By Joshua Arnold
It's not like they didn't see it coming. Texas's new law protecting unborn babies where a heartbeat is detected (SB8) was passed in May, and Democrats "were asleep at the wheel," said Texas Lieutenant Governor Dan Patrick. When the law went into effect last Wednesday, "suddenly everyone woke up."
President Biden announced "a whole-of-government effort to respond" to Texas's "bizarre scheme." He boasted his novel Gender Policy Council was created to respond to just "such assaults on women's rights" (but apparently not to the Taliban's reign of terror against Afghan women).
Meanwhile, White House Chief of Staff Ron Klain went on CNN last Sunday to reassure Biden's base that "the best lawyers at the Justice Department" were "looking for legal remedies," admitting that the administration currently has no plan to block SB8. "It has them baffled as to how to stop it," said Patrick. SB8 adopted a unique enforcement mechanism to evade legal battles that have tied up other heartbeat bills, allowing private citizens, rather than state officials, to sue abortionists. As a result, lower courts and the Supreme Court found no grounds on which to prevent the law from taking effect.
Attorney General Merrick Garland, echoed Klain, promising the DOJ was "urgently explor[ing] all options to challenge Texas SB8 in order to protect the constitutional rights of women and other persons, including access to an abortion." In one breath, this onetime "moderate" nominee to the Supreme Court asserted a constitutional right to abortion (despite his inability to find a constitutional justification), and that "other persons" than women can become pregnant.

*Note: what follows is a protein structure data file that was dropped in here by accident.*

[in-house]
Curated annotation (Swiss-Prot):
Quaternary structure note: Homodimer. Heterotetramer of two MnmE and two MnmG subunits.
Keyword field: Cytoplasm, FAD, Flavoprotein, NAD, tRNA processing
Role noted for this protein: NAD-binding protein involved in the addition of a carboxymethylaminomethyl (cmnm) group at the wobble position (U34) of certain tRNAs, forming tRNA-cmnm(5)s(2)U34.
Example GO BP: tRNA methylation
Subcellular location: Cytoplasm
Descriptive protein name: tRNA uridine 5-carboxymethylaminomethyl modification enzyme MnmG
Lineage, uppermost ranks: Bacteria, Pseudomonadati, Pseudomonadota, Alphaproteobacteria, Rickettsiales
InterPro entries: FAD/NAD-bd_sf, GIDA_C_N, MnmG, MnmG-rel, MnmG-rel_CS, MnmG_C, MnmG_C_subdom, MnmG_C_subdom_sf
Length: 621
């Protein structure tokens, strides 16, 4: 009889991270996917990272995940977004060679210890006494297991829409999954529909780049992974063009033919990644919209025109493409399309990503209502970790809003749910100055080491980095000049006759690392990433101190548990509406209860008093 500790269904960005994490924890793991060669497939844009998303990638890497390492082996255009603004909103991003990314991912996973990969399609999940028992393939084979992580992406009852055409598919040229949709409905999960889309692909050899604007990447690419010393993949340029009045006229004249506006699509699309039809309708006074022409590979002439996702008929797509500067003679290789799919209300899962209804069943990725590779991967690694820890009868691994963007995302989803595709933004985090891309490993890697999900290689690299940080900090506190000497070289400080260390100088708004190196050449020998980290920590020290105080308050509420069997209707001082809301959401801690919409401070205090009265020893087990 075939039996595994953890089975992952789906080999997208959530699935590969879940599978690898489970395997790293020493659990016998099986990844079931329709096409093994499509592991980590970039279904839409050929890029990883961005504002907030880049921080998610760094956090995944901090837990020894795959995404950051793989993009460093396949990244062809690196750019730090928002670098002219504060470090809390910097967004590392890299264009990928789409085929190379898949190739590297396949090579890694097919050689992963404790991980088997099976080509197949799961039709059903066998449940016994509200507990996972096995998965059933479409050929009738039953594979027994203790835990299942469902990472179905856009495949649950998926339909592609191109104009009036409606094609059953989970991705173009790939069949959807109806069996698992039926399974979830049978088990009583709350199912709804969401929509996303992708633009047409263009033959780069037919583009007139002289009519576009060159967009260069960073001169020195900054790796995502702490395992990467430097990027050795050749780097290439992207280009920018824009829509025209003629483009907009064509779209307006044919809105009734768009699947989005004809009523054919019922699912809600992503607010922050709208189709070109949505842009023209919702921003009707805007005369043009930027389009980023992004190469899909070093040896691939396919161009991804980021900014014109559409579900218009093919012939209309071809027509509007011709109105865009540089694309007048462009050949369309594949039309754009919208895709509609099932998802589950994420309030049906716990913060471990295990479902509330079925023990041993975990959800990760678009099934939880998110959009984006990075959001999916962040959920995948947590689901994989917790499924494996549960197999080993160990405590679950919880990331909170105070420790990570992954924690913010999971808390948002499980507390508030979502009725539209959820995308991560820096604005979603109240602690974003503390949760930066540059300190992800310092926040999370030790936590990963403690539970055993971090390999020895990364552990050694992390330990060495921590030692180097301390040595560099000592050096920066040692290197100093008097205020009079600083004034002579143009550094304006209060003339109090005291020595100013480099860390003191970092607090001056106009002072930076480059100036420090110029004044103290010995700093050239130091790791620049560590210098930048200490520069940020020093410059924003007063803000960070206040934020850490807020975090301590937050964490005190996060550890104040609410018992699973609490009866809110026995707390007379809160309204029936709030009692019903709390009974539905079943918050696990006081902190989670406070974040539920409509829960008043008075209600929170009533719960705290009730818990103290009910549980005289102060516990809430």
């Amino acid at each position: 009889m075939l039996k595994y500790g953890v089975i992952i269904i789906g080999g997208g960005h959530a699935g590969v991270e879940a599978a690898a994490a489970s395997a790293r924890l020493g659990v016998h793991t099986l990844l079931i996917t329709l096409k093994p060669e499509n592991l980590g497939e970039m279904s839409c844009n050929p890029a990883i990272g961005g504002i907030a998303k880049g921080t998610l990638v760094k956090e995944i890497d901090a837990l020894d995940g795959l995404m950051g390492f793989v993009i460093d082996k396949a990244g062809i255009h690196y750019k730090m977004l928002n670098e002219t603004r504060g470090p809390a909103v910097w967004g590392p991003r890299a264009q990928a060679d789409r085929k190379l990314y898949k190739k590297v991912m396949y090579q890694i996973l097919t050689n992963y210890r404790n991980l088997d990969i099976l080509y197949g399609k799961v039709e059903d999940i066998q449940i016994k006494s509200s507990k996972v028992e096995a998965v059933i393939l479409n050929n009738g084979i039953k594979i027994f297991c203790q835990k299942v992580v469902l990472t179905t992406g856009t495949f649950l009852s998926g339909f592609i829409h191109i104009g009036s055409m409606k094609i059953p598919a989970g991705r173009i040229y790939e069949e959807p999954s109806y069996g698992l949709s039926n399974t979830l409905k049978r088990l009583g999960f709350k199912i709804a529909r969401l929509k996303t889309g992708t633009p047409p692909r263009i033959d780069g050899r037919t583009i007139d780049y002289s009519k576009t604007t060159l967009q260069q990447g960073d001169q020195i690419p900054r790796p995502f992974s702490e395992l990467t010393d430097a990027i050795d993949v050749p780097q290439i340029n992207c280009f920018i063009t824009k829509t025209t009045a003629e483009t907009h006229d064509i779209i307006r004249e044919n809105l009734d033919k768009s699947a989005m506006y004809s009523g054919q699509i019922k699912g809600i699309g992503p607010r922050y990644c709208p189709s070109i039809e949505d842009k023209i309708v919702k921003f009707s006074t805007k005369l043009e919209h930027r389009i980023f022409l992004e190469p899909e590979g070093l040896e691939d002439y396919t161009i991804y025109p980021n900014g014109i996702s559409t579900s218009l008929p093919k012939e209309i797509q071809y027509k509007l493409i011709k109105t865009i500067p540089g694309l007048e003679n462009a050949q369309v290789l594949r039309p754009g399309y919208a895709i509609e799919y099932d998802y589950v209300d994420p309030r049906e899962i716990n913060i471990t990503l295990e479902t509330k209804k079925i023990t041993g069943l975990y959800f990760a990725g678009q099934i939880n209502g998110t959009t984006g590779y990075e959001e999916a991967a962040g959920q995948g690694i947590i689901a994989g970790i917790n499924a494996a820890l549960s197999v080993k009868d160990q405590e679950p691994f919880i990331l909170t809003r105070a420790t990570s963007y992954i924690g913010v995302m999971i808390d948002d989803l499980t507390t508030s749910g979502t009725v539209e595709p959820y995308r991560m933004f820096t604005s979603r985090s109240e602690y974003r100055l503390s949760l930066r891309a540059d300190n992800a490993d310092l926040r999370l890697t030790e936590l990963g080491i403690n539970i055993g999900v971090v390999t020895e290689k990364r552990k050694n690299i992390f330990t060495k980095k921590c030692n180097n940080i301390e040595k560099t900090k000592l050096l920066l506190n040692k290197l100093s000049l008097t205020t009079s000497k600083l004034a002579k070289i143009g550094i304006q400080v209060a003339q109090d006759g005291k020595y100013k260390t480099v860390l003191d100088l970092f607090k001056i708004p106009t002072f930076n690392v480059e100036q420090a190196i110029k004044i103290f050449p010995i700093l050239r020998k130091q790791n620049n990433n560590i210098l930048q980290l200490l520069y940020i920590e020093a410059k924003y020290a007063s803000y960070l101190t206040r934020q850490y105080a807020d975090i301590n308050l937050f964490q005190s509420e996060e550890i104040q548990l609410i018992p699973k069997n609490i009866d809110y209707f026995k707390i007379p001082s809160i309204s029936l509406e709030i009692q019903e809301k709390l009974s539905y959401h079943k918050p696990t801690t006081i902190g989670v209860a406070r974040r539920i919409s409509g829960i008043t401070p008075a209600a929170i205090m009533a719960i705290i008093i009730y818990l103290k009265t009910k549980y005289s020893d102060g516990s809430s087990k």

Absent a better justification (legal, not moral) Garland proposed to defend abortion in Texas using the Freedom of Access to Clinic Entrances (FACE) Act, which "prohibits the use or threat of force and physical obstruction." But the FACE Act "has nothing to do with this bill," Patrick pointed out. "No one has to show up at an abortion clinic to file the lawsuit." Courts exist explicitly as a preferred alternative to force, not as a subcategory of it.
President Biden echoed this smear attempt, calling SB8 a "vigilante system" that is "almost un-American." The key word, obviously, is "almost." Careful wordsmith Biden narrowly avoided calling the Declaration of Independence un-American for asserting the self-evident truth "that all men ... are endowed ... with certain unalienable Rights, that among these are Life."
Even harsher is the Portland, Oregon City Council, which will vote on banning trade with and travel to Texas, thus denying citizens of certain states the "privileges and immunities," such as freedom of movement and commerce, guaranteed by Article IV, Section 2 of the Constitution. One might even call the move "almost un-American." But Portland's reason is as American as apple pie. SB8 "violates the separation of church and state," said Mayor Ted Wheeler. Americans have been egregiously abusing that phrase for generations.
Will SB8 mark a tipping point towards protecting the unborn? Will courts even allow citizens to sue abortionists? It's too early to tell. But when abortion activists start throwing rhetorical spaghetti at the wall, it's clear they have no better strategy. More importantly, "anecdotally we're hearing that abortion clinics are stopping abortions," said Patrick. Those are lives saved. And other states including Florida are considering imitating Texas's bill.
Ever since the 1973 Texas case of Roe v. Wade, abortion activists have relied on unelected courts to indiscriminately strike down democratic, constitutional laws to protect unborn children. Ironically, the very year they fled the state to obstruct a bill in the name of voting rights, their anti-democratic strategy finally failed -- in Texas.